Because NNPC could not afford the high cost, he said the companies opted out of the contract. To cut cost, he said the NNPC mobilised its engineers and local oil servicing firms to carry out the TAM at below $10 million. In 2016, about $50 million was voted for the same purpose.
Despite all the expenses, the operating capacities of the refineries remained abysmally low, between zero and 20.66 per cent of the combined installed capacity of 445,000 barrels per day. Later he shifted the deadline
During an interview on the BBC World Service programme, HardTalk, Mr Kachikwu vowed to resign his appointment if the refineries do not work to enable Nigeria to end fuel importation by 2019.
In the dying days of his tenure, the minister again shifted the deadline to 2020, when he expected the refineries to refine about 1.1 million barrels per day.
He observed no conclusive turnaround maintenance was done on any of the refineries in the last 10 to 15 years.
It appears the 2020 deadline will not be realistic, as Mr Kachikwu was not among those re-appointed this week by President Muhammadu Buhari into his cabinet.
It is not clear if his failure to return to the cabinet is due to his failure to fulfill his vow on the four refineries.
Experts say it is the standard global best practice for TAM to be conducted routinely on refineries every three to five years to keep them functional at optimal productivity capacity.
In January this year, the immediate past GMD of the NNPC, Maikanti Baru, said no turnaround maintenance was carried out on the four refineries “for an aggregate of 42 years combined.”
With such a revelation from such a highly placed official who should know, what happens to all the promises and expenses on the TAM on refineries by successive NNPC management? Were they empty promises meant to serve as a funnel for scarce resources?
Data obtained from the NNPC showed that the new Port Harcourt Refinery has undergone TAM only thrice since it was inaugurated in 1989. The last TAM was in 2000.
The old Port Harcourt Refinery commissioned in 1965 has only undergone a major rehabilitation work in 1989, with the first and only TAM conducted in 1998. The TAM in Warri Refinery was last carried out in 2004.
Despite the TAMs, the refineries’ utilisation capacities have remained abysmally low. Statistics from the NNPC monthly Financial and Operations Report for May 2019 showed the average capacity utilisation of the three refineries at Warri and Port Harcourt stood at about 5.84 percent.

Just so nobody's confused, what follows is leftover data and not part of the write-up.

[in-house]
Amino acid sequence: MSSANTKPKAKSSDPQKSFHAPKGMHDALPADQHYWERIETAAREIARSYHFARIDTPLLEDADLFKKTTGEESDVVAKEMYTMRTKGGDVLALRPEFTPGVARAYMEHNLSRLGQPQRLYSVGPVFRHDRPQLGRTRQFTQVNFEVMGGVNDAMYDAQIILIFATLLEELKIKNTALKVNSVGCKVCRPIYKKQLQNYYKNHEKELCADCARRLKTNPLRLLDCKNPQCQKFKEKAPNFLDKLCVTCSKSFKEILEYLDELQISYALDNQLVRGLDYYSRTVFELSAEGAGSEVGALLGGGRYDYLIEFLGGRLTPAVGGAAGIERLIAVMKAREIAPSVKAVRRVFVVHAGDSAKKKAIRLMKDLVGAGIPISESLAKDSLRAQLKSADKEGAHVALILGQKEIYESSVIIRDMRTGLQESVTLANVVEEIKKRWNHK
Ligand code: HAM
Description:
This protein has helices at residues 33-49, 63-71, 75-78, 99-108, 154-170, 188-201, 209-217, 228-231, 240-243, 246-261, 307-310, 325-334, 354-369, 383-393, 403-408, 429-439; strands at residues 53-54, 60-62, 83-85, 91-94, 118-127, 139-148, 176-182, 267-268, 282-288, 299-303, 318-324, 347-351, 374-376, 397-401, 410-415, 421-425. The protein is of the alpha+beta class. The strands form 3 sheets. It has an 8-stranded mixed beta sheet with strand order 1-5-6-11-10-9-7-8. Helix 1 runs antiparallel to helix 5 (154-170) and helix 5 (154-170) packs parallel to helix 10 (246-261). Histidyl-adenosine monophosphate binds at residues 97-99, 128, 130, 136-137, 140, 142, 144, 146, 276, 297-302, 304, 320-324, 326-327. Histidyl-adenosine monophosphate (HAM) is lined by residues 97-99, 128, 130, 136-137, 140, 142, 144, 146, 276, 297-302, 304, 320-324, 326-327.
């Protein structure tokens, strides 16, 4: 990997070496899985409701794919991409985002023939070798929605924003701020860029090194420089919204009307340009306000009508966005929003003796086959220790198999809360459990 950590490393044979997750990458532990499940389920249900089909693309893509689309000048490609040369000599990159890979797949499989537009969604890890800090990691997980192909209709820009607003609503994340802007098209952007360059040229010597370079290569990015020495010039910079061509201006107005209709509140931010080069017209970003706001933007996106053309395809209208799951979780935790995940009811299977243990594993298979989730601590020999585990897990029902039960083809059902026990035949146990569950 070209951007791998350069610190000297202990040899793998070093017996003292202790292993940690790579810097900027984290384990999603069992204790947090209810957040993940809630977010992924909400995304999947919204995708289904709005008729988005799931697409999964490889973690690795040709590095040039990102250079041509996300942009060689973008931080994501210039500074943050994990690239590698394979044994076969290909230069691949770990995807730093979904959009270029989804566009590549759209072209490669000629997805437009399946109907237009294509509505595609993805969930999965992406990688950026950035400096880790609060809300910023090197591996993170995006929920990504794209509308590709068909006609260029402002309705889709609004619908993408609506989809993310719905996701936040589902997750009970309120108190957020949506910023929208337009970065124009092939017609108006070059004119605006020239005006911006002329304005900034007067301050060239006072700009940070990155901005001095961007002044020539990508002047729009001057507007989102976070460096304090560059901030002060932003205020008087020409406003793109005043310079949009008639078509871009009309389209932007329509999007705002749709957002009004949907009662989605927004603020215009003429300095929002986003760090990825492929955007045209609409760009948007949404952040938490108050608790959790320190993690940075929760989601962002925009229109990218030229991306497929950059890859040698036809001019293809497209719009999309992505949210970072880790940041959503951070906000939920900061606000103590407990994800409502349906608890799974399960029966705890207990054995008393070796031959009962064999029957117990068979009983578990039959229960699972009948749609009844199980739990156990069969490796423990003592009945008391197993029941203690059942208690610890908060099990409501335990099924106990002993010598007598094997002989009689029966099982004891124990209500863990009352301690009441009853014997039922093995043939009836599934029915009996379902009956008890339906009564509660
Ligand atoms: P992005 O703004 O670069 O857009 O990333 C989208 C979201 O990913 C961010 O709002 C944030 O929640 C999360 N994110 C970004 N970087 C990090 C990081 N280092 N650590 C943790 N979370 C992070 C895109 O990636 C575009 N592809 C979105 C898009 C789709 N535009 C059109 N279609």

Only 32,967MT of crude oil was processed during the month, against zero quantity processed in April 2019. Only Warri refinery produced the entire 21,347 MT of refined products for the month. The refinery in Kaduna has been out of production for months.
The South-West Chairman of the Nigeria Union of Petroleum and Natural Gas Workers, Tayo Aboyeji, told Vanguard newspaper that t is “ridiculous” for the NNPC to spend billions of dollars on refineries TAM without anything to show in the past 15 years now.
|1||Chamberlin Oyibo –||1993-1995||$216million|
|3||Jackson Gaius Obaseki||1999-2003||$1.67billion|
During his inauguration as the 19th GMD of NNPC, Mele Kyari, promised: “We will deliver on the rehabilitation of the four refineries within the life of this administration and support the private sector to build refineries.”
He said Public-Private Partnership in the revamp of the refineries is about the involvement of private individuals in the building of conventional and modular refineries.
Mr Kyari said the NNPC will be accountable and transparent. He said the corporation will make it possible for individuals to order and pay for petroleum products online and get it delivered to their petrol retail stations.
Will he be different?
For years, the NNPC was notorious for being opaque in its operations. Its operational processes were shrouded in secrecy. It was not accountable to anyone. For several years, its various business units were declaring losses.
Since 2015, in line with it its determination to embrace reforms, the NNPC has demonstrated transparency and accountability in its operations.
The corporation has been publishing its monthly Financial and Operational Report since December 2015. The reports include details on all aspects of NNPC’s operations and accounts for public scrutiny.
The NEITI Executive Secretary, Waziri Adio, describes the new NNPC GMD as “a well-known champion of transparency, who shared the principles underlining NEITI’s work and the global EITI on good governance of the oil and gas industry.”
Also, the Secretary-General of the Organisation of Petroleum Exporting Countries, Mohammed Barkindo, described Mr Kyari’s appointment as a testament to his exemplary record and exceptional performance over the years in his career at the NNPC.
Until his appointment, Mr Kyari was Nigeria’s National Representative at the OPEC.
In his farewell speech on July 8, Mr Kyari’s immediate predecessor, Maikanti Baru, expressed optimism he was leaving the corporation in better hands.
“Kyari and his team are the most capable and caring leaders that would take the NNPC to greater heights,” Mr Baru said.
According to him, prior to his appointment, Mr Kyari was one of the ‘institutional memory’ of NNPC. He said apart from effectively managing the Crude Oil Marketing Division of the corporation, Mr Kyari handled the Direct-Sale Direct-Purchase scheme well.
With the scheme, Mr Baru said the NNPC was able to manage the petroleum products supply in the country.
Despite the accolades, however, Nigerians will wait to see if Mr Kyari’s promise on the refineries is not just another in the line of fake promises.